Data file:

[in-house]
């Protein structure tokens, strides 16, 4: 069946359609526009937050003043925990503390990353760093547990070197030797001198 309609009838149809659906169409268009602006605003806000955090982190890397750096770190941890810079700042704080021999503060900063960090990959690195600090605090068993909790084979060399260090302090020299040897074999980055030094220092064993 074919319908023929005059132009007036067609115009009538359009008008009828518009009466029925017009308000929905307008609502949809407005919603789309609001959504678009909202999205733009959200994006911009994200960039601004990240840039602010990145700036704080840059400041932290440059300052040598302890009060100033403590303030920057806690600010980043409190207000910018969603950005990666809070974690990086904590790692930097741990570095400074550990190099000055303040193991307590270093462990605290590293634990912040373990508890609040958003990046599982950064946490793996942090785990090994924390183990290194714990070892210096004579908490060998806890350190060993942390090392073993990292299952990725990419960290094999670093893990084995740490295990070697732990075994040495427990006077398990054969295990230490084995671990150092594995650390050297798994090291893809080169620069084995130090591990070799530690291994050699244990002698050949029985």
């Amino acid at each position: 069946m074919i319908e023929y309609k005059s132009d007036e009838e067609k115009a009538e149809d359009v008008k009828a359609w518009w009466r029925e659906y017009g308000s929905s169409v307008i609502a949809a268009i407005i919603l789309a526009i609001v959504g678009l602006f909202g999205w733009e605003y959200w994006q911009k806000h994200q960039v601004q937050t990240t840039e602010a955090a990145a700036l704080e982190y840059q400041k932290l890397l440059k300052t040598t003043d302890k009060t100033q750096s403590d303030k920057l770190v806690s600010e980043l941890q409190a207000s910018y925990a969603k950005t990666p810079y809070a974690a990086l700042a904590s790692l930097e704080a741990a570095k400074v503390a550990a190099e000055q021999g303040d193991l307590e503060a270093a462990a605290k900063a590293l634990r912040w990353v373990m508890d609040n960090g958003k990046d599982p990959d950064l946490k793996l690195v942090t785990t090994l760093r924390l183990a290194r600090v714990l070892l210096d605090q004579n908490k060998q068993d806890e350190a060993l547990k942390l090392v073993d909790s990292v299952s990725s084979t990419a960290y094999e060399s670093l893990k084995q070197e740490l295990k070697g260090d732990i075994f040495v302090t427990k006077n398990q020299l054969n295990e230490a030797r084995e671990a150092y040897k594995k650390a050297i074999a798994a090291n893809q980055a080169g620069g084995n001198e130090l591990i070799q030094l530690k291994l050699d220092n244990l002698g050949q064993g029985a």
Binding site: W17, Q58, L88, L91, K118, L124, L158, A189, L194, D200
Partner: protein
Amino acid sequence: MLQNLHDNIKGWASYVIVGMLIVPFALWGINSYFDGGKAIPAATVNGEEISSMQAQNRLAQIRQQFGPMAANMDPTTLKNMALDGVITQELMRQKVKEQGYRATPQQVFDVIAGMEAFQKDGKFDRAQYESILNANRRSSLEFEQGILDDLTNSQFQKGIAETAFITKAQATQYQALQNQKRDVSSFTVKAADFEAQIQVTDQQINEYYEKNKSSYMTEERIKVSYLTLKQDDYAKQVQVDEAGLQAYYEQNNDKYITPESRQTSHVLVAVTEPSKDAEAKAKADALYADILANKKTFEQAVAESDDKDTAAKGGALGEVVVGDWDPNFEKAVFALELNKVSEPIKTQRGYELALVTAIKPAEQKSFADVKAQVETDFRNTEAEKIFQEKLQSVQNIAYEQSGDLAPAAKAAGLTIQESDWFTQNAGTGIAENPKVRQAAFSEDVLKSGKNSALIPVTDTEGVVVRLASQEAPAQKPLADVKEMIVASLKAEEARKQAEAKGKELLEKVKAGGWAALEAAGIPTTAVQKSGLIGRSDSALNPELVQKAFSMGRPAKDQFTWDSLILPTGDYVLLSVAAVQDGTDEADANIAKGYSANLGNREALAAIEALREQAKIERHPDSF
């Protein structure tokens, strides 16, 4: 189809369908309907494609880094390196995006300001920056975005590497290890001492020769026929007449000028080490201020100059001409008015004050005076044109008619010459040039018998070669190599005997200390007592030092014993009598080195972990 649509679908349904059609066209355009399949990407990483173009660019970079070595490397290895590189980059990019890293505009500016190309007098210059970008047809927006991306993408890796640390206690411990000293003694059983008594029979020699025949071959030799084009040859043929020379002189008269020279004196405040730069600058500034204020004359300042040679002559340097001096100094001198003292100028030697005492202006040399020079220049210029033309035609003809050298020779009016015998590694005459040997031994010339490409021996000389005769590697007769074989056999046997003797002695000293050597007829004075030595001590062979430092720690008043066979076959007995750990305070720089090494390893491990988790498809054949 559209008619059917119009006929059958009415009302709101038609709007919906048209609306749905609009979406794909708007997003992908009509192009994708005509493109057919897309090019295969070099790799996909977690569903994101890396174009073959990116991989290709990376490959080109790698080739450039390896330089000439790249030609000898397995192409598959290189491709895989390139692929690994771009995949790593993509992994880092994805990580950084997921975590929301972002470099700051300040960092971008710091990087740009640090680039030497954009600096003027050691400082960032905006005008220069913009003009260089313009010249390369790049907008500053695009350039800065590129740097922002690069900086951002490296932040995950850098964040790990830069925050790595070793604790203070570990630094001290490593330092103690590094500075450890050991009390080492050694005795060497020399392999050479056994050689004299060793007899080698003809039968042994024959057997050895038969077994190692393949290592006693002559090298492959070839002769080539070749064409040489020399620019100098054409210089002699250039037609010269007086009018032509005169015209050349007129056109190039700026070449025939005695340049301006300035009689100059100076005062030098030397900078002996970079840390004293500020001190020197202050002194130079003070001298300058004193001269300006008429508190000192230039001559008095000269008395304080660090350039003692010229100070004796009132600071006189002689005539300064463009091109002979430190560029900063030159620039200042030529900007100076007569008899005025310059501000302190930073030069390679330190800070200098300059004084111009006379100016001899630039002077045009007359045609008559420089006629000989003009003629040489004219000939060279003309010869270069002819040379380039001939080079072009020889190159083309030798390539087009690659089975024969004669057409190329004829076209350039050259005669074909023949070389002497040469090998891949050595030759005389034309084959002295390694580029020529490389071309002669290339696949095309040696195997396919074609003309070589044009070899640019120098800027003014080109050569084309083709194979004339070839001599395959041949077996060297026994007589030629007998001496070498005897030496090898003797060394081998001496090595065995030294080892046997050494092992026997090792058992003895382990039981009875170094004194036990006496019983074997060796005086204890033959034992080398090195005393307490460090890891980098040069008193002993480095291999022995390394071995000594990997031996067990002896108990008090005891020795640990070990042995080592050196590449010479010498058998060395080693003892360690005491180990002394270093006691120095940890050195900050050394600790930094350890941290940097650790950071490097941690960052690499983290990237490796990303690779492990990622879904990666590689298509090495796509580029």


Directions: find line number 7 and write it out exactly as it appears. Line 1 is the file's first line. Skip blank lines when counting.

């Protein structure tokens, strides 16, 4: 189809369908309907494609880094390196995006300001920056975005590497290890001492020769026929007449000028080490201020100059001409008015004050005076044109008619010459040039018998070669190599005997200390007592030092014993009598080195972990 649509679908349904059609066209355009399949990407990483173009660019970079070595490397290895590189980059990019890293505009500016190309007098210059970008047809927006991306993408890796640390206690411990000293003694059983008594029979020699025949071959030799084009040859043929020379002189008269020279004196405040730069600058500034204020004359300042040679002559340097001096100094001198003292100028030697005492202006040399020079220049210029033309035609003809050298020779009016015998590694005459040997031994010339490409021996000389005769590697007769074989056999046997003797002695000293050597007829004075030595001590062979430092720690008043066979076959007995750990305070720089090494390893491990988790498809054949 559209008619059917119009006929059958009415009302709101038609709007919906048209609306749905609009979406794909708007997003992908009509192009994708005509493109057919897309090019295969070099790799996909977690569903994101890396174009073959990116991989290709990376490959080109790698080739450039390896330089000439790249030609000898397995192409598959290189491709895989390139692929690994771009995949790593993509992994880092994805990580950084997921975590929301972002470099700051300040960092971008710091990087740009640090680039030497954009600096003027050691400082960032905006005008220069913009003009260089313009010249390369790049907008500053695009350039800065590129740097922002690069900086951002490296932040995950850098964040790990830069925050790595070793604790203070570990630094001290490593330092103690590094500075450890050991009390080492050694005795060497020399392999050479056994050689004299060793007899080698003809039968042994024959057997050895038969077994190692393949290592006693002559090298492959070839002769080539070749064409040489020399620019100098054409210089002699250039037609010269007086009018032509005169015209050349007129056109190039700026070449025939005695340049301006300035009689100059100076005062030098030397900078002996970079840390004293500020001190020197202050002194130079003070001298300058004193001269300006008429508190000192230039001559008095000269008395304080660090350039003692010229100070004796009132600071006189002689005539300064463009091109002979430190560029900063030159620039200042030529900007100076007569008899005025310059501000302190930073030069390679330190800070200098300059004084111009006379100016001899630039002077045009007359045609008559420089006629000989003009003629040489004219000939060279003309010869270069002819040379380039001939080079072009020889190159083309030798390539087009690659089975024969004669057409190329004829076209350039050259005669074909023949070389002497040469090998891949050595030759005389034309084959002295390694580029020529490389071309002669290339696949095309040696195997396919074609003309070589044009070899640019120098800027003014080109050569084309083709194979004339070839001599395959041949077996060297026994007589030629007998001496070498005897030496090898003797060394081998001496090595065995030294080892046997050494092992026997090792058992003895382990039981009875170094004194036990006496019983074997060796005086204890033959034992080398090195005393307490460090890891980098040069008193002993480095291999022995390394071995000594990997031996067990002896108990008090005891020795640990070990042995080592050196590449010479010498058998060395080693003892360690005491180990002394270093006691120095940890050195900050050394600790930094350890941290940097650790950071490097941690960052690499983290990237490796990303690779492990990622879904990666590689298509090495796509580029």